Centralized AI and UI out the wazoo!

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Update 1: What the heck is a Hackerman?!
Update 2: Cameras and Motivation

When I left off on the last update, I was flailing wildly in the void, unable to find my grip. In less pretentious words: I was having design problems.

My immediate goal then and now is to create a vertical slice, which is a demo, that can to some extent demonstrate all the functionality in the game. It won’t have the finished graphics, polish or even menus, that the final game will, but it’ll be a very accurate representation of the final gameplay.


The trouble was I didn’t know how to put all my mechanics together and ­every time I tried to put something in, I realized it wasn’t done enough to play nice. It seemed that the AI was the root of my problems as it’s a major part of the game, so I tackled that first. I overhauled the entire AI and made a “Central Control”, that can give commands to guards.

What does this Central Control do? Firstly, it has a global alert state. Should guards just patrol normally or should they chase down the player? You can think of it as a default state, that the guards will act based on.

Next it handles all kinds of situations that the individual guards might get into. Say, a guard hears you running around nearby and goes to check it out. Firstly, he’ll report it (this will be important later), then he’ll go check out the area, and if you’re not a pacifist, you might take him out.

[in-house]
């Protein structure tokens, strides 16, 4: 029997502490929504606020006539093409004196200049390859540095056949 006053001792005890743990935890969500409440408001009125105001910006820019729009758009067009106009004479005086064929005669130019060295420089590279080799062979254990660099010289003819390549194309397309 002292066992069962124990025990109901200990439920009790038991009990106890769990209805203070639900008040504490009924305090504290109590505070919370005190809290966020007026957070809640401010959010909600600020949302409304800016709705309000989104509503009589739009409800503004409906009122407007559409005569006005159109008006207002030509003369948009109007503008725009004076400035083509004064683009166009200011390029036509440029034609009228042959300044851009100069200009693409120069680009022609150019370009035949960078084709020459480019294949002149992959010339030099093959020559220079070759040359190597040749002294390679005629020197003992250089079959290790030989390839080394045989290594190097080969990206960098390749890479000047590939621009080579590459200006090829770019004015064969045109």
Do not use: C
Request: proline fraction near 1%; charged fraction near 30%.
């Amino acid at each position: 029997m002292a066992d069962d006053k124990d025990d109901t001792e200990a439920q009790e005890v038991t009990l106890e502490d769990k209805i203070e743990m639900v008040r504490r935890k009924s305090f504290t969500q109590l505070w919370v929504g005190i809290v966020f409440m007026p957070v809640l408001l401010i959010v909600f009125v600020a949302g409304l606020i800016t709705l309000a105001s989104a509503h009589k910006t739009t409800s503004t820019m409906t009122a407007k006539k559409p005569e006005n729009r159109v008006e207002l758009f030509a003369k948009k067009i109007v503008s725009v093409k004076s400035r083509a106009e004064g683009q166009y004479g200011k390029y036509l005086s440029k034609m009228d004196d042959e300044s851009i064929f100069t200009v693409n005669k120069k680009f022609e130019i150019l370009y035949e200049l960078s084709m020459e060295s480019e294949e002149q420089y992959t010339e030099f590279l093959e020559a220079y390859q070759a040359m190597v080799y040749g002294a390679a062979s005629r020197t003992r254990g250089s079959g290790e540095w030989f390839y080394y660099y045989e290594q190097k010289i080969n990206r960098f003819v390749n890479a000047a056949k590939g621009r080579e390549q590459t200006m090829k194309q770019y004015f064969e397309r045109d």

This means that Central Control got a report from someone going to check out a suspicion without ever hearing back. Central Control will after a while send another guard to check out what happened. This guard might; discover you, find a dead guard, find nothing, find a guard with a hacked radio, or any number of things…

Example where a guard found a dead guard, which put everyone on suspicious-alert. Then while suspicious they found the player and initiated the chase state.


If you’ve been reading my previous updates, then you know that I spend way too much tweaking the UI (in my defense, it IS an integral part of the game), and this month was no different. I was starting to do more advanced stuff and I soon realized that my homemade PixelCanvas could not keep up. Besides working with my half-assed editor controls was tiresome and slow, so I decided to give Unity’s UI another go.

Always research your options before you just assume… This is what I learned when I looked over the Unity UI documentation. There are actually a decent amount of options for pixel perfection, some of which came out right after I finished my PixelCanvas (sigh).

It wasn’t quite plug-n-play however as lots of things broke when I started applying my pixel stuff to it. For example; there’s seemingly no good way to get pixel perfect text, that isn’t blurry as hell. I’m currently doing a bit of a hack, where I scale the text way down but then give it a higher font size, which kills the blurriness somewhat. This isn’t perfect and it also creates issues with anchoring/resizing/etc, which was the main reason to switch in the first place. Oh well…